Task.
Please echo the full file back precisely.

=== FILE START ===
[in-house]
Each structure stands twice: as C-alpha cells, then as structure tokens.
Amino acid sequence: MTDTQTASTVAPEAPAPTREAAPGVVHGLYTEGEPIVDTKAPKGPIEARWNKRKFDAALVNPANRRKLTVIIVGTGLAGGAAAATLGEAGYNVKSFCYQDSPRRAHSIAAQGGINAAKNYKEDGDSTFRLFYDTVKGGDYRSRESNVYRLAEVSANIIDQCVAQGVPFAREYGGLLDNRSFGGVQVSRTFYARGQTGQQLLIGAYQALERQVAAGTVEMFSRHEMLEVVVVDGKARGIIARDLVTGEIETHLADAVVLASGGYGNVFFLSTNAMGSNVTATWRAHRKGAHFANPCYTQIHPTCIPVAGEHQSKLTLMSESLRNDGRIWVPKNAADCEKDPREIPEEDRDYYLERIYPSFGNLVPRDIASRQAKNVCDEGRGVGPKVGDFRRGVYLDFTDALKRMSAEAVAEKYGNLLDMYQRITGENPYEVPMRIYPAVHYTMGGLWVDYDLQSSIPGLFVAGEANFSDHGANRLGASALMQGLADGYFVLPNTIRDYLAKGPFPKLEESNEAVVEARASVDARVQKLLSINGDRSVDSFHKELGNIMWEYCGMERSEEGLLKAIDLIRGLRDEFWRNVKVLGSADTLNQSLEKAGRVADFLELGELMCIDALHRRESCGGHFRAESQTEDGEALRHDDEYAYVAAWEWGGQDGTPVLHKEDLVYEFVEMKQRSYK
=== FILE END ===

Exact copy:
[in-house]
Each structure stands twice: as C-alpha cells, then as structure tokens.
Amino acid sequence: MTDTQTASTVAPEAPAPTREAAPGVVHGLYTEGEPIVDTKAPKGPIEARWNKRKFDAALVNPANRRKLTVIIVGTGLAGGAAAATLGEAGYNVKSFCYQDSPRRAHSIAAQGGINAAKNYKEDGDSTFRLFYDTVKGGDYRSRESNVYRLAEVSANIIDQCVAQGVPFAREYGGLLDNRSFGGVQVSRTFYARGQTGQQLLIGAYQALERQVAAGTVEMFSRHEMLEVVVVDGKARGIIARDLVTGEIETHLADAVVLASGGYGNVFFLSTNAMGSNVTATWRAHRKGAHFANPCYTQIHPTCIPVAGEHQSKLTLMSESLRNDGRIWVPKNAADCEKDPREIPEEDRDYYLERIYPSFGNLVPRDIASRQAKNVCDEGRGVGPKVGDFRRGVYLDFTDALKRMSAEAVAEKYGNLLDMYQRITGENPYEVPMRIYPAVHYTMGGLWVDYDLQSSIPGLFVAGEANFSDHGANRLGASALMQGLADGYFVLPNTIRDYLAKGPFPKLEESNEAVVEARASVDARVQKLLSINGDRSVDSFHKELGNIMWEYCGMERSEEGLLKAIDLIRGLRDEFWRNVKVLGSADTLNQSLEKAGRVADFLELGELMCIDALHRRESCGGHFRAESQTEDGEALRHDDEYAYVAAWEWGGQDGTPVLHKEDLVYEFVEMKQRSYK